Are you locked out of your application? Look at the database and find the login methods to figure out how you can update your database directly and maybe be able to get back in.

As always since you are dealing with the system directly ensure you have a back up of your data in the event that you need to revert the application completely.

photo credit: Yuri | cc

Spotify and third party connections

One of the reasons why you will not see me connecting my Twitter, Facebook, LinkedIn, (enter any other social network) with another application is because in exchange for that specific connection you may be giving away something of value.

We all know that there is a price on being part of a social network, networks provide their service in exchange for your data and the more they convince you to give your personal data the better. That’s why they encourage you often to set reminders, check in, like something, provide your DOB, city, state, and more.

Where I feel networks go beyond harvesting your personal data is when networks harvest data from my friends or family.

Today as I restarted Spotify to install the new and shiny application I was prompted to accept their Privacy Policy and their Terms of Service. Doing a quick scan on their Privacy Policy I ran into the following two paragraphs:

If you connect to the Service using credentials from a Third Party Application (as defined in the Terms and Conditions of Use) (e.g., Facebook), you authorise us to collect your authentication information, such as your username and encrypted access credentials. We may also collect other information available on or through your Third Party Application account, including, for example, your name, profile picture, country, hometown, email address, date of birth, gender, friends’ names and profile pictures, and networks.

That may not be scary for you but take a look at what else they can do with your data:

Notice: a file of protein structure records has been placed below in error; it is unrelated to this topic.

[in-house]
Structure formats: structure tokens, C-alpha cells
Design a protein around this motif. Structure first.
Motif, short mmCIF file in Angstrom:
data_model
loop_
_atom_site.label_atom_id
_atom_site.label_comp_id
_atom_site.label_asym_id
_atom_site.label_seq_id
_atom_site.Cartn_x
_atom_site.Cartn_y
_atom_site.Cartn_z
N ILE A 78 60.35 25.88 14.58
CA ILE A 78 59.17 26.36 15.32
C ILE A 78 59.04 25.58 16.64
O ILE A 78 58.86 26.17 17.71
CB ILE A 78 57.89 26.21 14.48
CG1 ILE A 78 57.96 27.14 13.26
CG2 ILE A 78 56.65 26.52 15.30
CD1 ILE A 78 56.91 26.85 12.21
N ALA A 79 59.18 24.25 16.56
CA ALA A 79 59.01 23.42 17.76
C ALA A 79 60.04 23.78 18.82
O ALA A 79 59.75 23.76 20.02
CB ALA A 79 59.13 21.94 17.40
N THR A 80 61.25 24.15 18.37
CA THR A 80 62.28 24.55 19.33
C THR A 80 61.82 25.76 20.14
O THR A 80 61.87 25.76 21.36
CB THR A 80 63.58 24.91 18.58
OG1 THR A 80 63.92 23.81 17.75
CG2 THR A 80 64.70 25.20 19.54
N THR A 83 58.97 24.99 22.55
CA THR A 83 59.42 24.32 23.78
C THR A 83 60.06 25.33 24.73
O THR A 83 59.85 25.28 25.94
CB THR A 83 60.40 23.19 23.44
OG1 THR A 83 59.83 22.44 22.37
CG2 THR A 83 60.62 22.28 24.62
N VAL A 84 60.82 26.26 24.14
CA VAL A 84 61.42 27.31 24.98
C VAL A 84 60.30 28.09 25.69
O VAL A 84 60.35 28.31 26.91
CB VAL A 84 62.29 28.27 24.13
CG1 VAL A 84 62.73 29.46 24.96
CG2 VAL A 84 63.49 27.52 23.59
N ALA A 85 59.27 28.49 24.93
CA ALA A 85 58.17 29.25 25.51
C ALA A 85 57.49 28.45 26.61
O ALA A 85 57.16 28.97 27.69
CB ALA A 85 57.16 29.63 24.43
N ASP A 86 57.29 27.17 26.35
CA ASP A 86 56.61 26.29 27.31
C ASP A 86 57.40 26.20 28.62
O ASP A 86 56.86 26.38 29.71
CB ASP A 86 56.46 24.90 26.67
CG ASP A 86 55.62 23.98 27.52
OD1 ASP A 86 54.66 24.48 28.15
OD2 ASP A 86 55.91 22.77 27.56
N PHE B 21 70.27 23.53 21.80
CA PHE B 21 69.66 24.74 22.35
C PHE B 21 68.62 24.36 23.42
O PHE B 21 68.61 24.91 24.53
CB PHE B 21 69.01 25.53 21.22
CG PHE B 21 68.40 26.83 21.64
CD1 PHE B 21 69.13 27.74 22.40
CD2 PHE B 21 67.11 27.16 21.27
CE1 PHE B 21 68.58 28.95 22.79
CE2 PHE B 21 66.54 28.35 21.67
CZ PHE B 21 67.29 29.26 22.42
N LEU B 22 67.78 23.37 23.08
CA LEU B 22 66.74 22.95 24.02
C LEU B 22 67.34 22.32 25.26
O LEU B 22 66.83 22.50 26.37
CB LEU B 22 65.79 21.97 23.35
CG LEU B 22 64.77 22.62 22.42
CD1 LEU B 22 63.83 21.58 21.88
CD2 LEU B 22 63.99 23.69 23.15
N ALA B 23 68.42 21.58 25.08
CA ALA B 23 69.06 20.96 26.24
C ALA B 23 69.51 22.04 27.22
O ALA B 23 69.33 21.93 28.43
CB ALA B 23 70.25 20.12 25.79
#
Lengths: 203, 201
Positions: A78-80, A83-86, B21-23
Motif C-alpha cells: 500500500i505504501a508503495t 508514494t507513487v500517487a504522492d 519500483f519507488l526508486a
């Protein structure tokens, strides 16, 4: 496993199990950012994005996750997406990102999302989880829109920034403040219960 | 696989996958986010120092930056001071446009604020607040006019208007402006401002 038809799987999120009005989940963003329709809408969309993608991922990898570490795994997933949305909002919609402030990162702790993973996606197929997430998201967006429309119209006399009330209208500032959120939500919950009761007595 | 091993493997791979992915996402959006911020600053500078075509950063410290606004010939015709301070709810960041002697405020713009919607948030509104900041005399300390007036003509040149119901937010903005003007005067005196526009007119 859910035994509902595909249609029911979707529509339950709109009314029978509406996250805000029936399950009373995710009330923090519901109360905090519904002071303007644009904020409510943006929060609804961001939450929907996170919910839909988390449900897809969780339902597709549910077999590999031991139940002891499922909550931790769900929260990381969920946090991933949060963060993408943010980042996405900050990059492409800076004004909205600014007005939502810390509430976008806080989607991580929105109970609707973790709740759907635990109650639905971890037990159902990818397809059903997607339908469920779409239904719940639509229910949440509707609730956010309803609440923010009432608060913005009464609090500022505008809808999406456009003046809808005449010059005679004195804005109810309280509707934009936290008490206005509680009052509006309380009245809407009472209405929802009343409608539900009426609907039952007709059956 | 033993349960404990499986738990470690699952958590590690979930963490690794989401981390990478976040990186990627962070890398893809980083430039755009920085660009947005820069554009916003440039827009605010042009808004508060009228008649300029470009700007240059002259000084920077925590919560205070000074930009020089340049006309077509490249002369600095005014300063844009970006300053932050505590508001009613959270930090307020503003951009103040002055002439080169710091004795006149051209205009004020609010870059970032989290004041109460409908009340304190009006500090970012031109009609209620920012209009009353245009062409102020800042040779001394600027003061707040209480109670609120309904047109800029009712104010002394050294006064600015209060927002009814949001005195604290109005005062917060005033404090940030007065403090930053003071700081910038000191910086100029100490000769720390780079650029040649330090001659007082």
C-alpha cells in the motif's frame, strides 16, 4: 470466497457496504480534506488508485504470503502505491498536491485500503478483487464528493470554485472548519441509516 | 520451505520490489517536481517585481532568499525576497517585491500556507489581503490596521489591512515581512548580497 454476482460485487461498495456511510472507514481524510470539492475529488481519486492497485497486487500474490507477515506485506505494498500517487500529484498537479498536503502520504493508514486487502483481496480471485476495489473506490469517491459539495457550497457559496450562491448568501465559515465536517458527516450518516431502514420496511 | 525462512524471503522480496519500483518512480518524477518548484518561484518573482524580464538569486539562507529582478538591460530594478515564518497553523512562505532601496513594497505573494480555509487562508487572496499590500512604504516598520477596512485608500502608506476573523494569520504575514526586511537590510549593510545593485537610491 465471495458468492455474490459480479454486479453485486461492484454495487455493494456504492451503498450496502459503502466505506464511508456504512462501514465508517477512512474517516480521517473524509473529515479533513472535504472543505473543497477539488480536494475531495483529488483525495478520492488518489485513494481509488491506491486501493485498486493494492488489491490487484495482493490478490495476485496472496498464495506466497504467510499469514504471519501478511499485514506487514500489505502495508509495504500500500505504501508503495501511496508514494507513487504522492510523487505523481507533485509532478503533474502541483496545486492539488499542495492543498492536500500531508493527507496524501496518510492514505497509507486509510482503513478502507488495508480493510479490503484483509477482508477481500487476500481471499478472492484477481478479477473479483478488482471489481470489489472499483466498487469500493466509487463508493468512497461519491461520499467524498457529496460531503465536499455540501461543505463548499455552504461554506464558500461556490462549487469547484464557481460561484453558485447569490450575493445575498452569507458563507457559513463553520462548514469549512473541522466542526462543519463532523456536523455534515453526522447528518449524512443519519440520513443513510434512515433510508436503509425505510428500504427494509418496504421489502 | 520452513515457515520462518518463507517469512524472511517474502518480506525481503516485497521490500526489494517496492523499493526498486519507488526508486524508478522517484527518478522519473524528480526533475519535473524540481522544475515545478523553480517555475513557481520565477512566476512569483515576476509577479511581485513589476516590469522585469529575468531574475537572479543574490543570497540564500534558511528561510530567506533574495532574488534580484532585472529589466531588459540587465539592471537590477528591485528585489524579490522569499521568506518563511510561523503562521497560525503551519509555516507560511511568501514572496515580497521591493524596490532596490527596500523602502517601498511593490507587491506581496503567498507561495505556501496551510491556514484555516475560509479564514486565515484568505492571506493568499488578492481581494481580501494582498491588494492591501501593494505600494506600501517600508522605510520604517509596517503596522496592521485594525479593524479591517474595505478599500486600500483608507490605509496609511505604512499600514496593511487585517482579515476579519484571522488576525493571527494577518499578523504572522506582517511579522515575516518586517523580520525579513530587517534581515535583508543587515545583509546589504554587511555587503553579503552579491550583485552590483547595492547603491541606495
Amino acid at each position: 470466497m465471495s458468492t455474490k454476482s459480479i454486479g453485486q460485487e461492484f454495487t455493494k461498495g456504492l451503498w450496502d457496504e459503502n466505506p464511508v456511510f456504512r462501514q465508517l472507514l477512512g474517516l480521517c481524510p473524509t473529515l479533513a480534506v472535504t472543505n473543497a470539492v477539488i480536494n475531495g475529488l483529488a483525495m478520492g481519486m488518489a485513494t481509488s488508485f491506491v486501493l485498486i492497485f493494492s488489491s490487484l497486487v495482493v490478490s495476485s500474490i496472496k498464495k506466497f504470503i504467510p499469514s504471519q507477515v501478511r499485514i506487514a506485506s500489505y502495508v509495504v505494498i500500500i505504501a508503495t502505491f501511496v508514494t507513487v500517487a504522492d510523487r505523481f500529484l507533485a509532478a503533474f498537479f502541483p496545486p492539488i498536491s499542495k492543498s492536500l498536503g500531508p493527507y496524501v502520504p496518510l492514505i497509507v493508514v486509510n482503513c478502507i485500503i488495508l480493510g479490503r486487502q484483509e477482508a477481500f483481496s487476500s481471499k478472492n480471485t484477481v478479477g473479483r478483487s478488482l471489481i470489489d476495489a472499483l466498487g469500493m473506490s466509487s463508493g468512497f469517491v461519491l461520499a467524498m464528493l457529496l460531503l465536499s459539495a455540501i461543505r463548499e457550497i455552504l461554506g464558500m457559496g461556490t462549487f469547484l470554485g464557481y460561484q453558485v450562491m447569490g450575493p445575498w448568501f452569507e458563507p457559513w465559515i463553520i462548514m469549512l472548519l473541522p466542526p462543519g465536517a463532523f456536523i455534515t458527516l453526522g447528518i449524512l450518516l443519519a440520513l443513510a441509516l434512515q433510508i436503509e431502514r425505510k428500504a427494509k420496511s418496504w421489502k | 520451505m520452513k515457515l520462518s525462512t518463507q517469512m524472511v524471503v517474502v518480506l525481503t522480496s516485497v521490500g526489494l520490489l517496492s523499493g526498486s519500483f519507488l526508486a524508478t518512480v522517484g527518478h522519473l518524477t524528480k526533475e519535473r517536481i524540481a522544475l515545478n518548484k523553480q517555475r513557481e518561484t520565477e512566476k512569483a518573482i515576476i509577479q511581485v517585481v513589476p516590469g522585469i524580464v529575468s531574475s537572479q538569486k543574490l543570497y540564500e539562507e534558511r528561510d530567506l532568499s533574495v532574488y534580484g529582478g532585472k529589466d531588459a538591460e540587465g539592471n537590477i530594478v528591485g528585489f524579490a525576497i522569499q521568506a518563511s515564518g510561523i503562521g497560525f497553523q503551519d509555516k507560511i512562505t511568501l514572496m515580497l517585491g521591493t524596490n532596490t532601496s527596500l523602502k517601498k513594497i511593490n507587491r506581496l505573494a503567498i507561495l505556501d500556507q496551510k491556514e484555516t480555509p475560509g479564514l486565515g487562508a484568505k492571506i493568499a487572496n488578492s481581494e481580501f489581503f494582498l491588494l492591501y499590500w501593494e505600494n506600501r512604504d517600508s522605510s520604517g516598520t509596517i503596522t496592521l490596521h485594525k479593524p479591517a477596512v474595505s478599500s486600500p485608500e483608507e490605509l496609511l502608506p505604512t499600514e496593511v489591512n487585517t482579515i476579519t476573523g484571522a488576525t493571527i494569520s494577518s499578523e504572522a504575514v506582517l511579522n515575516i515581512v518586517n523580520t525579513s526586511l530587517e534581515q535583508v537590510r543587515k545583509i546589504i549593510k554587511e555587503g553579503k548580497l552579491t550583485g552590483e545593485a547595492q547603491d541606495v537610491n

the use of cookies and other technologies;
the transfer of your information outside of the country where you live;
the collection, use, sharing, and other processing of your information, including for advertising-related purposes (as described in the rest of this Privacy Policy, so please keep on reading!); and
the public availability of your information and the controls over such information as described in Sharing information.

There you have it, short and simple. Does that mean that I will stop using Spotify? Personally I won’t stop using the service, I just won’t connect my other social networks.

Auto populating forms

I received an email fro Adobe and after following the link provided I was welcomed with a pre-populated form (as the one below)



At this point I would press submit and download the marketing material, after taking a closer look I noticed the “Show/hide pre-populated information” link.

I personally do not like pre-populated forms, I believe that if the form is going to try to fetch my information at that point that can be a tracking even on the database even if I do not download the information offered.

Dealing with Apache, Dispacher, and AEM on Mac OS X

I am working with our team to have AEM (Adobe Enterprise Manager) and their Dispatcher (AEM caching and/or load balancing tool) running along with Apache running on our local installations. AEM is rather easy to “install” but here are some of the commands that help me during the installation.

#display Apache version installed on your system along with other useful details
$ apachectl -V

Server version: Apache/2.4.9 (Unix)
Server built:   Sep  9 2014 14:48:20
Server's Module Magic Number: 20120211:31
Server loaded:  APR 1.4.8, APR-UTIL 1.5.2
Compiled using: APR 1.4.8, APR-UTIL 1.5.2
Architecture:   64-bit
Server MPM:     prefork
  threaded:     no
    forked:     yes (variable process count)

#test your configuration settings
$ sudo /usr/sbin/apachectl configtest

You will get information about the modules installed and also if there any syntax errors in your httpd.conf

AH00526: Syntax error on line 606 of /private/etc/apache2/httpd.conf:

If your httppd.conf file is error free you will only get an OK.

Syntax OK